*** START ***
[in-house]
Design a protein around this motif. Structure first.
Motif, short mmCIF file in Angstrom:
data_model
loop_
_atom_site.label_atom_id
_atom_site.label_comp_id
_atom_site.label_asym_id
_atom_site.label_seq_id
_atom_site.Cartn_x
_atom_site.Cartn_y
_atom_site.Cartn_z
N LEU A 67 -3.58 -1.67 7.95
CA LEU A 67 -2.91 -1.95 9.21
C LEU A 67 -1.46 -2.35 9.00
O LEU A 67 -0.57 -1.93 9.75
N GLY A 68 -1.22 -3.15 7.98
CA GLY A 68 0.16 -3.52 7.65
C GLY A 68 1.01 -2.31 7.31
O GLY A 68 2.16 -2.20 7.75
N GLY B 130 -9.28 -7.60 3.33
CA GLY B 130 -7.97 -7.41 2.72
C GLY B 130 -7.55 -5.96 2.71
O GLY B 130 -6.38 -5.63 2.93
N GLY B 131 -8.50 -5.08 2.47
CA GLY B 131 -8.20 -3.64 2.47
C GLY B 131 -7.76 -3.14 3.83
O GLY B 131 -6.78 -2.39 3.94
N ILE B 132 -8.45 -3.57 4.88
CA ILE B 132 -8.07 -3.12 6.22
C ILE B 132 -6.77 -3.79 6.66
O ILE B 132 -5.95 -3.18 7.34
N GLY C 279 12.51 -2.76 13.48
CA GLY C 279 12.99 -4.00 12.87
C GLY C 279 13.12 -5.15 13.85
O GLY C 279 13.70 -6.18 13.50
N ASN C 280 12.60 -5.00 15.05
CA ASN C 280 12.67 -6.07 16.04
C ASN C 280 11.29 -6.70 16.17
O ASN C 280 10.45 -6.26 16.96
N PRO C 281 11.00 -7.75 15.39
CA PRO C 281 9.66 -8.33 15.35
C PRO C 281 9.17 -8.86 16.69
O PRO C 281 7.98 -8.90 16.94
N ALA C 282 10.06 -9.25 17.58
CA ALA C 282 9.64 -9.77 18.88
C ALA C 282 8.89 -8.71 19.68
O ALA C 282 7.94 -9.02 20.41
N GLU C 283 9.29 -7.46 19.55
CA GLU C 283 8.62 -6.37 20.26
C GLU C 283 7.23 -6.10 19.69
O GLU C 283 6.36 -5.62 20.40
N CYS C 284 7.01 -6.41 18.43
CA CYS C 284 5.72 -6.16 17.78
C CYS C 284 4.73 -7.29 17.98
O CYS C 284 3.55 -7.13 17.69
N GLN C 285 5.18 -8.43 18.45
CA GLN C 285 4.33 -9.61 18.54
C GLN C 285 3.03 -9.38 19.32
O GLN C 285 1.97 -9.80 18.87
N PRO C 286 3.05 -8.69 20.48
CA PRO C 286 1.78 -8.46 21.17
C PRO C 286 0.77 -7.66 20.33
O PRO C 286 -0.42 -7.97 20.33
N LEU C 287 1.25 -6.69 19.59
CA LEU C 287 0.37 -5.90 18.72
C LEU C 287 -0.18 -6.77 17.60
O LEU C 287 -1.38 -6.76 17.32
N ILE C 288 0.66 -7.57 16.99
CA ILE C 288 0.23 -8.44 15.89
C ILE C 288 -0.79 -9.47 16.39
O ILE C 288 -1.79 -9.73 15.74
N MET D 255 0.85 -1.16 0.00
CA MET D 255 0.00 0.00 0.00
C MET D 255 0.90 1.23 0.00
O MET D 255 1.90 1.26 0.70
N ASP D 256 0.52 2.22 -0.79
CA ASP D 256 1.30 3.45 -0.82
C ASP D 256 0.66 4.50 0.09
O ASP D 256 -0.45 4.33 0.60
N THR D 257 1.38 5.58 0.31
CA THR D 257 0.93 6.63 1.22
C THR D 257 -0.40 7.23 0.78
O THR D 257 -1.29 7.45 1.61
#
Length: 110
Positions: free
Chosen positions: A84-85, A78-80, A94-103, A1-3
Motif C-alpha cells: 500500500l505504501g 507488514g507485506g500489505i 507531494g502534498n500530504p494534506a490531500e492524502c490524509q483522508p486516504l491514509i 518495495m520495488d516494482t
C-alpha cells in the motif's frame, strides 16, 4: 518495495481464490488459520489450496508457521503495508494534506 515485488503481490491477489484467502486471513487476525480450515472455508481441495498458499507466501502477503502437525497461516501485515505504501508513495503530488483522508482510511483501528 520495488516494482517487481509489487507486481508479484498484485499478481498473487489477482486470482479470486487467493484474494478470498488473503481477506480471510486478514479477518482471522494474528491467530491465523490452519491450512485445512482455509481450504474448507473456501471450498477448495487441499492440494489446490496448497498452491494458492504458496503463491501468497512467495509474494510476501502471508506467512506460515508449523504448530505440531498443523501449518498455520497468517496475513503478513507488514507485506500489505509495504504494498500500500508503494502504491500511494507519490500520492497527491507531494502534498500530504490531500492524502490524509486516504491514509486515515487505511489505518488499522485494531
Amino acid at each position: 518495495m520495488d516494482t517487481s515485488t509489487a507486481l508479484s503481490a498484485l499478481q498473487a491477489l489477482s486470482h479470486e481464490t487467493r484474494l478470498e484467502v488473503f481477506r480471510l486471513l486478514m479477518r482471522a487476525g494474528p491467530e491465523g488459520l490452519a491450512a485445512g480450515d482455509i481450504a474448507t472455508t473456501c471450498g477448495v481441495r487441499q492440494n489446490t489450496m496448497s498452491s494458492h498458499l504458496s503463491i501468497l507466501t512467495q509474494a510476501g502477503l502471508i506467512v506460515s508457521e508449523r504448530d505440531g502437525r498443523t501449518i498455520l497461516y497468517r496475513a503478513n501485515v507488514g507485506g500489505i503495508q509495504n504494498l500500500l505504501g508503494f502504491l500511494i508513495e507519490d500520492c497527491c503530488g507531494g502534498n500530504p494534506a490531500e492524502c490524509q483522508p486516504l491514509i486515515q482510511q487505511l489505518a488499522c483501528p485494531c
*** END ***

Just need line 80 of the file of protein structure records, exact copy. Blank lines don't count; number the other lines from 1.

O ASP D 256 -0.45 4.33 0.60